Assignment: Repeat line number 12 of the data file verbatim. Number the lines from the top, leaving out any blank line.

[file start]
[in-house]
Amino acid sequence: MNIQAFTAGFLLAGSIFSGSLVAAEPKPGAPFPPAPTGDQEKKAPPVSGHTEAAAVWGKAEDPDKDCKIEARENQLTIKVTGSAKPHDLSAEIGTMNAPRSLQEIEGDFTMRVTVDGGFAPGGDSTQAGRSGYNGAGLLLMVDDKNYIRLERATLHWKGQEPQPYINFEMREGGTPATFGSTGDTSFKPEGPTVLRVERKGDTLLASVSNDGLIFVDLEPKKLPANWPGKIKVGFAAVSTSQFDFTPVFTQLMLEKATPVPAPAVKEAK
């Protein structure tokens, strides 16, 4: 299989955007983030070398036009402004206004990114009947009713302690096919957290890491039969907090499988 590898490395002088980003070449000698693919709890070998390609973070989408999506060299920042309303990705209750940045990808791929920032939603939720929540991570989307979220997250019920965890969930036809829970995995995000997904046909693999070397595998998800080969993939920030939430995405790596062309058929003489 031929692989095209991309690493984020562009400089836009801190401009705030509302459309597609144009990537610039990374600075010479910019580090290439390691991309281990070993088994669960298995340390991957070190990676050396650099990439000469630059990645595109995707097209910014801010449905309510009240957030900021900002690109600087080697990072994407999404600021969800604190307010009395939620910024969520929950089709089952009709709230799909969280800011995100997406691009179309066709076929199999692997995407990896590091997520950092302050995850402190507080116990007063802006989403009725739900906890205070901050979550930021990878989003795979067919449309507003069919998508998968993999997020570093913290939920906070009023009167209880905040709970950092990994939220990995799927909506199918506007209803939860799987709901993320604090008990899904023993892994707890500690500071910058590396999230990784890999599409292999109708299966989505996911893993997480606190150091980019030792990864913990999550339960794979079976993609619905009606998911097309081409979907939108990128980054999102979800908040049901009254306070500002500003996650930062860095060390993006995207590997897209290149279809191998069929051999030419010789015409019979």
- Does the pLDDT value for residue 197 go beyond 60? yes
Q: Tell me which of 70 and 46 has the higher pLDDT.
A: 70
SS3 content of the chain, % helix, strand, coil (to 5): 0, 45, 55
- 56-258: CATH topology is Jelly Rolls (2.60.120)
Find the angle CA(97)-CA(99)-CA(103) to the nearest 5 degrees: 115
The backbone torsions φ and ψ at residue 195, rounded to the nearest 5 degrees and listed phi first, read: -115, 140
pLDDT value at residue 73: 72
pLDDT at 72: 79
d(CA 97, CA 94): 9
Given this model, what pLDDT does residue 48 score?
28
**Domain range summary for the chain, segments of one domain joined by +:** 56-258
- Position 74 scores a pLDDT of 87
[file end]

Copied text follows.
pLDDT at 72: 79